ZFS featured on sun.com homepage

The sun.com homepage features a new article on ZFS. Check it out, and feel free to post comments with the form at the bottom of the article, on this blog, or at the Expert Exchange tomorrow.
Comments:

I thought that made for a good intro. One or two bits were slightly over the top I thought though. Still, a good mix of features, some implementation information and examples and contrasts (with older systems). Also made it clear that ZFS is far from incremental (evolutionary).

Two non trivial things I noticed:
1) Though simplicity is stressed, it would still be worth adding something like "with ZFS's natural simplicity, it's hard to setup a system poorly, both for reliability and performance".

2) No real distinction is made between low-end storage (say a 1U server with 1-2 hard discs) and a system with several TB of storage. Some workstation and HPC tasks can be very I/O intensive too. With some many "advanced" features being specified, it may come across as a little scary for more basic work. Putting it another way, I think you need to show that even very simple storage systems can have common issues (eg set root partition too small) and ZFS will wipe these out too.

Posted by Chris Rijk on September 14, 2004 at 09:01 AM PDT #

I would have liked to have seen the actual commands to type, eg zfscreate / zfsaddtopool , or whatever. Also some kind of idea on performance would be nice, if even only back of the envelope calcs. For instance: I have a U2 on my desk. It is connected via 100mbps ethernet to the file server. I run a database - where are the files written? Does ZFS "know" that my locally attached 15K cheetahs are the best place to write and read from?

Posted by PatrickG on September 14, 2004 at 11:08 AM PDT #

Chris, thanks for the advice. We'll think about emphasizing those benefits in future materials.

Patrick, we haven't finalized what the actual commands or performance will be, so detailing those probably wouldn't be very useful. Back of the envelope, ZFS performs very well -- on many tasks, it is much faster than traditional filesystems. Roughly speaking, you'll be able to do something like "zpool create disk1 disk2..." to create a storage pool, and "zfs create name_of_filesystem" to create a filesystem.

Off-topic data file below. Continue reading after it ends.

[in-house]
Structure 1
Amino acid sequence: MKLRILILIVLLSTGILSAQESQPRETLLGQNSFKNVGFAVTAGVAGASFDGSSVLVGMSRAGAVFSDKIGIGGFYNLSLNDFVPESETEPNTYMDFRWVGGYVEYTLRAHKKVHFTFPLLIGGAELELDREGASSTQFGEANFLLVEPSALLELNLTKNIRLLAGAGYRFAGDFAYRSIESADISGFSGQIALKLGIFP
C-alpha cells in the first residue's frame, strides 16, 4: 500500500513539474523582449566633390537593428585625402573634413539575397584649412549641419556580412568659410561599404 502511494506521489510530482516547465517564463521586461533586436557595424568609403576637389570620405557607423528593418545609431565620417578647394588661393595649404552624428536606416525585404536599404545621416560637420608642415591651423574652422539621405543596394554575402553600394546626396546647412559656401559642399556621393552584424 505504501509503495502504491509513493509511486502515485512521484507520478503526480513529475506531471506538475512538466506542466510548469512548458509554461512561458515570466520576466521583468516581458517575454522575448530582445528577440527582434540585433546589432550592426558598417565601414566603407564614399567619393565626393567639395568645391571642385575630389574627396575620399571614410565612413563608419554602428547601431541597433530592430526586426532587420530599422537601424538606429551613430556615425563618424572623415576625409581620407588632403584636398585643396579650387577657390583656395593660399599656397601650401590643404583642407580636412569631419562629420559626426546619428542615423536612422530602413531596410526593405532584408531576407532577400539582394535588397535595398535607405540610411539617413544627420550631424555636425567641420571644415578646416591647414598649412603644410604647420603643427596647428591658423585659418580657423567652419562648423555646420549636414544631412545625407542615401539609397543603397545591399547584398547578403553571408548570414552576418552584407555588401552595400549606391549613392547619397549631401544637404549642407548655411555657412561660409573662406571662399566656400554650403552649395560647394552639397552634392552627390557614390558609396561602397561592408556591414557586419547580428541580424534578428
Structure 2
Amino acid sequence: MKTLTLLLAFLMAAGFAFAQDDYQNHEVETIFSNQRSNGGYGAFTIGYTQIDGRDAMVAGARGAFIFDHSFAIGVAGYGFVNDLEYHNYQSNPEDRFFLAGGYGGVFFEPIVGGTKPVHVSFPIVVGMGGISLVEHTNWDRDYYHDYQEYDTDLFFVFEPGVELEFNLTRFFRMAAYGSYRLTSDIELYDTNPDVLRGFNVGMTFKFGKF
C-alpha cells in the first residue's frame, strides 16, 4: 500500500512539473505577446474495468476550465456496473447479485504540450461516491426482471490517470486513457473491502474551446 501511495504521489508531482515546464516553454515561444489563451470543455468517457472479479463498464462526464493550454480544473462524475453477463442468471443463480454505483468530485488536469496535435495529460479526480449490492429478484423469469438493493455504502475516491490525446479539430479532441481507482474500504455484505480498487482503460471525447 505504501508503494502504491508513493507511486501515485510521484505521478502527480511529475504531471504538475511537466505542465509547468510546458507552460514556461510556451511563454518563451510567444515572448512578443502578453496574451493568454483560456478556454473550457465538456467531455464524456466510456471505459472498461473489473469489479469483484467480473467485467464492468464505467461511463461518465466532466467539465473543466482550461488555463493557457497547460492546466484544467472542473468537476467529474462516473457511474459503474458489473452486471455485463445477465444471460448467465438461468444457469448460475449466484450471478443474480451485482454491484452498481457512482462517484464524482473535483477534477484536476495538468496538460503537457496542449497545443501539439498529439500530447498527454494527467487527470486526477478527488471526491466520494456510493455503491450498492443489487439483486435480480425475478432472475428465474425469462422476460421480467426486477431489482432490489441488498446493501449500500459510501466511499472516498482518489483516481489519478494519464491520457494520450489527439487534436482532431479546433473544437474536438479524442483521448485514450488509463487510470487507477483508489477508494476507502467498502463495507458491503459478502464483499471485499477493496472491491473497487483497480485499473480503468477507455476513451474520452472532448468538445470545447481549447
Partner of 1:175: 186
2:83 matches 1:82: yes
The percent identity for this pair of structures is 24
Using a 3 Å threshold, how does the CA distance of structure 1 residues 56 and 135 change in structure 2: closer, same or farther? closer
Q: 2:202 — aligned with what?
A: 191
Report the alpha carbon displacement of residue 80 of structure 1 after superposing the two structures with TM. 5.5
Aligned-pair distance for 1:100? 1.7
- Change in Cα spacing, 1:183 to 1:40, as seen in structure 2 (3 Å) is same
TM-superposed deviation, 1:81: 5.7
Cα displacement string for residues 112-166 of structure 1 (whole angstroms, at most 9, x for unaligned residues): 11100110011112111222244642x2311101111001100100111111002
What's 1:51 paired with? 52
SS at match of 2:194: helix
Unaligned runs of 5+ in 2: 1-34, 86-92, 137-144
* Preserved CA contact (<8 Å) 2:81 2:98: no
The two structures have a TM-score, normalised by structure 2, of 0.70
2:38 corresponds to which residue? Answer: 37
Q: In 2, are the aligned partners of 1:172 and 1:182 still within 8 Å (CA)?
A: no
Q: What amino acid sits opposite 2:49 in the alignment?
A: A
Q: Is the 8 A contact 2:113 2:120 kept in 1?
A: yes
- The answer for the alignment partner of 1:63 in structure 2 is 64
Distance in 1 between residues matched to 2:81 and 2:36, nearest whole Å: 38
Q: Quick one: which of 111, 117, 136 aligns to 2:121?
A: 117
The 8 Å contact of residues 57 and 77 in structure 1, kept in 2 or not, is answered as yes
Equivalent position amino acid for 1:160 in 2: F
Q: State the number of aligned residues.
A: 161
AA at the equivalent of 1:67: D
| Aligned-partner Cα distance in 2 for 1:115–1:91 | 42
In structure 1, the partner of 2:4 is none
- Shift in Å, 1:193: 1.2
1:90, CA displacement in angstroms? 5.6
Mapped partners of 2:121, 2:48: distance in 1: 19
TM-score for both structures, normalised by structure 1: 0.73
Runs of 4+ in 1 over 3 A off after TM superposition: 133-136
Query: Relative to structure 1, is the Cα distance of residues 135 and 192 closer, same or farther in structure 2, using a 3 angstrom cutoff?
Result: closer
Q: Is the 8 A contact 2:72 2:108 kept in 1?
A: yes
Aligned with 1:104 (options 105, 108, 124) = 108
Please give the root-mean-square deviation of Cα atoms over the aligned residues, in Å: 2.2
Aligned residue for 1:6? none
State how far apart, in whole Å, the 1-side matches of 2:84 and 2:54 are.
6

ZFS is a local filesystem. So if you want to write to disks on a different machine, NFS is still the right solution.

Posted by Matthew Ahrens on September 14, 2004 at 03:16 PM PDT #

I forgot to mention this previously - there was no mention of "DFS" in the article. Has this name been dropped in favour of ZFS? (that's great if so).

PS Good luck with the "expert exchange" thing. I wouldn't be too surprised if there's a number of questions like "how's it compare to reiser4" and so on.

Posted by Chris Rijk on September 15, 2004 at 12:06 AM PDT #

Could you please point me to the location of commentary of recently held chat session on ZFS(ie on September 15th 2004)? In your ZFS notes, it says that each user could have his own filesystem(scenario on the home directory server ). If there are several hundreds of users then there would be several hundred mount points. How are these mount points created/managed/mounted/umounted etc.?

Posted by Avis on September 20, 2004 at 10:05 AM PDT #

Avis, a transcript of the chat session is now available on the expert exchange website. We're still working on how best to help the administrator manage the potentially large number of filesystems available to them. One feature that ZFS will offer is the ability to define heirarchical groups of filesystems to manage any number of filesystems as one entity.

Posted by Matthew Ahrens on September 22, 2004 at 03:36 PM PDT #

Matthew, just a followup... today I was in Staples and they had 200GB IDE drives for $100 apiece. Figure a cheap $300 computer, Solaris 10, and 7x200GB drives (one hot spare, one for RAID5) - you have a full fledged terabyte ZFS box for about $1000.

Posted by PatrickG on October 14, 2004 at 02:39 PM PDT #

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